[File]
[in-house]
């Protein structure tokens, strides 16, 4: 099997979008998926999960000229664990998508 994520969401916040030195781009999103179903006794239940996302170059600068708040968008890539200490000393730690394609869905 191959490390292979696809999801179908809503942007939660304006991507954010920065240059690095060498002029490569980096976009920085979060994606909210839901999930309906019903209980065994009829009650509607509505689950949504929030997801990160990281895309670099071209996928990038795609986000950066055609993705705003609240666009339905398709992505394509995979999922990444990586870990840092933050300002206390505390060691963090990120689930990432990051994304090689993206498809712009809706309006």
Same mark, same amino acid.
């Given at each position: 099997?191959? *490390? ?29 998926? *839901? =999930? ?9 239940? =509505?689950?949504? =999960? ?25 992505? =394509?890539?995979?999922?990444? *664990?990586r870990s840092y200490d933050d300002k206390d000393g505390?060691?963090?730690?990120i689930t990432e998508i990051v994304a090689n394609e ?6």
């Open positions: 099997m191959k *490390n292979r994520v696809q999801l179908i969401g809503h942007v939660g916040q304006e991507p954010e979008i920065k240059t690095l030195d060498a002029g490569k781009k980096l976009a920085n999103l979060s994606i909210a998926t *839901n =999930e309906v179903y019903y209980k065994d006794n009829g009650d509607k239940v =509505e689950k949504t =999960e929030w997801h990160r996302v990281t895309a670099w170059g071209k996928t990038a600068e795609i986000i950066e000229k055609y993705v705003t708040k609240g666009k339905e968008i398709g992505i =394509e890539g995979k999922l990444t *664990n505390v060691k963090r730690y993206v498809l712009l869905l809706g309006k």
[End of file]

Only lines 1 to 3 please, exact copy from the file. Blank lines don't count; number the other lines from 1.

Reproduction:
[in-house]
């Protein structure tokens, strides 16, 4: 099997979008998926999960000229664990998508 994520969401916040030195781009999103179903006794239940996302170059600068708040968008890539200490000393730690394609869905 191959490390292979696809999801179908809503942007939660304006991507954010920065240059690095060498002029490569980096976009920085979060994606909210839901999930309906019903209980065994009829009650509607509505689950949504929030997801990160990281895309670099071209996928990038795609986000950066055609993705705003609240666009339905398709992505394509995979999922990444990586870990840092933050300002206390505390060691963090990120689930990432990051994304090689993206498809712009809706309006």
Same mark, same amino acid.